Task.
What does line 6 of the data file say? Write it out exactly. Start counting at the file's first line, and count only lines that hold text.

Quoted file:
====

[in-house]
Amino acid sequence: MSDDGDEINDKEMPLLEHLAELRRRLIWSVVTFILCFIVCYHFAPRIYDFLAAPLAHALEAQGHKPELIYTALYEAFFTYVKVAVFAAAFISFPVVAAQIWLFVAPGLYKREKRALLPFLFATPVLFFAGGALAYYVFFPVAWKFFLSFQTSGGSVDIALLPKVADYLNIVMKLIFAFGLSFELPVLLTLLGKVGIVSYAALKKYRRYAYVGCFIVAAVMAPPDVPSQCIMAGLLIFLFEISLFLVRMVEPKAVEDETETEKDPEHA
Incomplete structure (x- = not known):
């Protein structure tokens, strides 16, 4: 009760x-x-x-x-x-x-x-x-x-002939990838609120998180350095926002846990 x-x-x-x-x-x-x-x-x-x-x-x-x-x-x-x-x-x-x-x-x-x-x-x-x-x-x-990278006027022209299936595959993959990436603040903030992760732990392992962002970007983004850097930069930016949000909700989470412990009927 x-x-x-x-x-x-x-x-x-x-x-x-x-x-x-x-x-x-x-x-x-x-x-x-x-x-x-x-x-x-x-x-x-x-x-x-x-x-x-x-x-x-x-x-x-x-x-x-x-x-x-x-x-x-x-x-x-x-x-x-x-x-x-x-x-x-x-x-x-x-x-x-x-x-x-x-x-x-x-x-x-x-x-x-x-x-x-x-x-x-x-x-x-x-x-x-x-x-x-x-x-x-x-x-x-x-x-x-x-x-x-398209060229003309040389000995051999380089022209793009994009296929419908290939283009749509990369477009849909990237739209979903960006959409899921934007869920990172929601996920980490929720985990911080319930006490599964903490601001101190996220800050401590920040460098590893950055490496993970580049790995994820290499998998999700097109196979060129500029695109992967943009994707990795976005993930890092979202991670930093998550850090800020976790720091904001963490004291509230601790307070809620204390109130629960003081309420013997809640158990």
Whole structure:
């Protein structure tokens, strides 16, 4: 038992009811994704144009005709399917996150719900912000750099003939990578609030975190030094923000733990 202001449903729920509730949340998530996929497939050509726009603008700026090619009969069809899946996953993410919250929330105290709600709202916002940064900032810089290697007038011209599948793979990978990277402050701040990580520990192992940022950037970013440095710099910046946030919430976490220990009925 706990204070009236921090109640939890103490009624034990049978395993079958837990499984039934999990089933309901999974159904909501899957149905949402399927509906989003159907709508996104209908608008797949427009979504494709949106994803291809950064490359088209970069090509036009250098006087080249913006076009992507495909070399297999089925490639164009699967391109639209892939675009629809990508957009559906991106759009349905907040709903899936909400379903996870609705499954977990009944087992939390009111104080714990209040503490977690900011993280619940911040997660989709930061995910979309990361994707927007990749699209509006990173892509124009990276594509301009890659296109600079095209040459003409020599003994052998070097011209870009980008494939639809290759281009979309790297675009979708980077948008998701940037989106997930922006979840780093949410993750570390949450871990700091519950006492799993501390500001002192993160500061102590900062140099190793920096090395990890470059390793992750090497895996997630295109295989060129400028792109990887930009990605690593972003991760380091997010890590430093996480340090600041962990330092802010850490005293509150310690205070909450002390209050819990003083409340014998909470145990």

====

């Protein structure tokens, strides 16, 4: 038992009811994704144009005709399917996150719900912000750099003939990578609030975190030094923000733990 202001449903729920509730949340998530996929497939050509726009603008700026090619009969069809899946996953993410919250929330105290709600709202916002940064900032810089290697007038011209599948793979990978990277402050701040990580520990192992940022950037970013440095710099910046946030919430976490220990009925 706990204070009236921090109640939890103490009624034990049978395993079958837990499984039934999990089933309901999974159904909501899957149905949402399927509906989003159907709508996104209908608008797949427009979504494709949106994803291809950064490359088209970069090509036009250098006087080249913006076009992507495909070399297999089925490639164009699967391109639209892939675009629809990508957009559906991106759009349905907040709903899936909400379903996870609705499954977990009944087992939390009111104080714990209040503490977690900011993280619940911040997660989709930061995910979309990361994707927007990749699209509006990173892509124009990276594509301009890659296109600079095209040459003409020599003994052998070097011209870009980008494939639809290759281009979309790297675009979708980077948008998701940037989106997930922006979840780093949410993750570390949450871990700091519950006492799993501390500001002192993160500061102590900062140099190793920096090395990890470059390793992750090497895996997630295109295989060129400028792109990887930009990605690593972003991760380091997010890590430093996480340090600041962990330092802010850490005293509150310690205070909450002390209050819990003083409340014998909470145990």